By The Business Solutions Network
Remote monitoring and management (RMM) plays a key role in an IT solutions provider’s evolution to managed services and must be considered strategically.
Last year, I had the opportunity to moderate a few panel discussions at Business Solutions’ Channel Transitions VAR/MSP Executive Conferences, which are geared toward IT solutions providers interested in achieving greater profits and recurring revenue by transitioning to an as-a-Service business model.
One of the panel discussions, “Why You Can’t Be An MSP Without Automation Tools,” drew a big crowd with standing room only. In the November 2016 issue of Business Solutions magazine, I shared some highlights from these discussions in a tech trend article, “Why You Ca n’t Be A Successful MSP Without PSA.” While the article highlighted one of the foundational automation tools every MSP needs to be successful, it doesn’t mention the second essential tool in the MSP equation — RMM. To gain some insights on the role RMM plays in your transition to an as-a-Service provider and to get an update on the latest RMM trends, I reached out to industry experts from business automation vendor ConnectWise Automate (formerly LabTech) and managed services provider ARRC Technology.
“I encourage solutions providers to consider their three-to-five-year business plan to ensure whatever solution they are looking for will continue to serve their needs long term.”
Shane Swanson, COO, ARRC Technology
The Biggest RMM Trends For 2017
According to Brett Cheloff, general manager, ConnectWise Automate, conversations about the cloud will dominate 2017 RMM discussions, including cloud positioning, cloud security, and customer service. “Technology solutions providers [TSPs] need to think about how they talk about the cloud in 2017,” he says. “The most successful TSPs have changed the discussion focus from a technical pitch to one that is a business- centric approach about the cloud’s risks and rewards. A TSP that ignores business in favor of technology will not win the client.”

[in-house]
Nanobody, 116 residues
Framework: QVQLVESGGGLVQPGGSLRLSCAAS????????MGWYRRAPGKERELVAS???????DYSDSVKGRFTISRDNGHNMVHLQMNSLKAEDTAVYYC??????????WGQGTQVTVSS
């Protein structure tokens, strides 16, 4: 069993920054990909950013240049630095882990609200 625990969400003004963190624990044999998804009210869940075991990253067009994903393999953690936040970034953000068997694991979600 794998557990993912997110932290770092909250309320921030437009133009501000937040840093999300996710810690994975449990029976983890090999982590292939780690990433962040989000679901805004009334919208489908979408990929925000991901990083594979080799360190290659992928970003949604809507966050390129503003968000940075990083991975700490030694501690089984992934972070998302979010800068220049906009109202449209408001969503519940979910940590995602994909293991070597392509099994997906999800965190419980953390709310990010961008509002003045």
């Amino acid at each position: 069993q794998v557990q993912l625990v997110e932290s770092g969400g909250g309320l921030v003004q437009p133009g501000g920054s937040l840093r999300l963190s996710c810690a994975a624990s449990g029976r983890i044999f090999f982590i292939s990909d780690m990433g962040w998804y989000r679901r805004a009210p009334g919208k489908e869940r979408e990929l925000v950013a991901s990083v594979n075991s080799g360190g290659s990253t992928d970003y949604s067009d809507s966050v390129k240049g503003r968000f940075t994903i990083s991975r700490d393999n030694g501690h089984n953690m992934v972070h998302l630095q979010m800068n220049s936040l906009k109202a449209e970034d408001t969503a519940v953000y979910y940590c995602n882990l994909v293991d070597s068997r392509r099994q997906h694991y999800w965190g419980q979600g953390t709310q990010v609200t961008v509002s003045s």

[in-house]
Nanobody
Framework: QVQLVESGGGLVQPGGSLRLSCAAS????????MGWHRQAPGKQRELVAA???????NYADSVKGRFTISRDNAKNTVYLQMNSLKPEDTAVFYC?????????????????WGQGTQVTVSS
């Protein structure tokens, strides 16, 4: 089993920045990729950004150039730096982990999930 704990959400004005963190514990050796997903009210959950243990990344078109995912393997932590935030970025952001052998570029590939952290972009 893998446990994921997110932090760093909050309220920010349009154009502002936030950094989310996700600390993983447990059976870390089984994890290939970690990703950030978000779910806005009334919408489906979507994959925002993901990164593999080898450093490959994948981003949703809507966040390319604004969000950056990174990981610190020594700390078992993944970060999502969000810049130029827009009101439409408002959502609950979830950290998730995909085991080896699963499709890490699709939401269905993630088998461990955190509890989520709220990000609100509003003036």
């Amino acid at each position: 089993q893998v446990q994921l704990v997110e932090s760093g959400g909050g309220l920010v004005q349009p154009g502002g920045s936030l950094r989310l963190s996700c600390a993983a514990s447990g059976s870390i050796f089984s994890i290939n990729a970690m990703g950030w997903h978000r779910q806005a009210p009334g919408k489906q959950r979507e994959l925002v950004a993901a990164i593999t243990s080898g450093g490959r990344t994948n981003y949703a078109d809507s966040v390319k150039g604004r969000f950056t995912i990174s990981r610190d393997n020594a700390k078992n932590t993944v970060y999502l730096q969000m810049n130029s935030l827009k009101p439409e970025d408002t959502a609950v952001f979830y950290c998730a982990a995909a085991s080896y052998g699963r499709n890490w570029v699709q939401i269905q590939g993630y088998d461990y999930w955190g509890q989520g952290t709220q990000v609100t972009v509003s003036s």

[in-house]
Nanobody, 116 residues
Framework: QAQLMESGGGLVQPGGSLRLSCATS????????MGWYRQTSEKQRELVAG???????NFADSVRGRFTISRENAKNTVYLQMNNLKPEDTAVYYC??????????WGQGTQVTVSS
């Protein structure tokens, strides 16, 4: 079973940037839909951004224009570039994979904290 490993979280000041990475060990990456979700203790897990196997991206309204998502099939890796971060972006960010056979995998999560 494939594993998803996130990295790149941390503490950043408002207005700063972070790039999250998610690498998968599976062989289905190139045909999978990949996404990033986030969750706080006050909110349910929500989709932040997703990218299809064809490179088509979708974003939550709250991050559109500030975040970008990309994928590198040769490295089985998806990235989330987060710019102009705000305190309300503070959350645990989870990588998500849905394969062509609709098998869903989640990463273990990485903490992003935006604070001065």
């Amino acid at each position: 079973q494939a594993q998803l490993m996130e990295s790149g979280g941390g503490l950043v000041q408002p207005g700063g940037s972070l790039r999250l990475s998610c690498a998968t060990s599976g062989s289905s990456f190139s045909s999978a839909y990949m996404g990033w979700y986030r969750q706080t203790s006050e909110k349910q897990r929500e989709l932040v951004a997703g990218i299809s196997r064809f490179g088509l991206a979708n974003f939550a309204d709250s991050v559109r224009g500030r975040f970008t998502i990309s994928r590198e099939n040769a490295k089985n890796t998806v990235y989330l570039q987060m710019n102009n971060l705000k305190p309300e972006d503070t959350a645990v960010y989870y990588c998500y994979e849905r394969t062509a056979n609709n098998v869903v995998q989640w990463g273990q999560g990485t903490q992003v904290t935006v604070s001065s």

Despite the ongoing shift in the managed services market from on-premise servers to cloud infrastructure and services, security concerns persist, says Cheloff. “Clients are concerned about where data resides, who has access to it, and who owns it. This year will see lots of conversations about what can be run in the cloud versus what should be run in the cloud. One way TSPs can deal with security concerns is to adopt a flexible hybrid approach that blends on-premise solutions with cloud services and cloud-based application monitoring, like Office 365.”
Another concern with IT moving to the cloud is that it makes it easier for companies to switch to another TSP that charges less, says Cheloff. “To avoid this, top-notch customer service will be the key to continued success in 2017.”
The Biggest RMM Selection Mistakes MSPs Make (And How To Avoid Them)
On the surface, all RMM tools perform similar functions, and it might not seem like much of a choice, but the experts strongly disagree. “In my years of talking with hundreds of MSPs, I have seen far too many of them jump into a solution they feel will be the quickest and/or easiest to implement, but unfortunately it usually doesn’t scale with their business,” says Shane Swanson, COO, ARRC Technology. “Having been through that myself 10-plus years ago, I encourage solutions providers to consider their three-to-five-year business plan to ensure whatever solution they are looking for will continue to serve their needs long term.”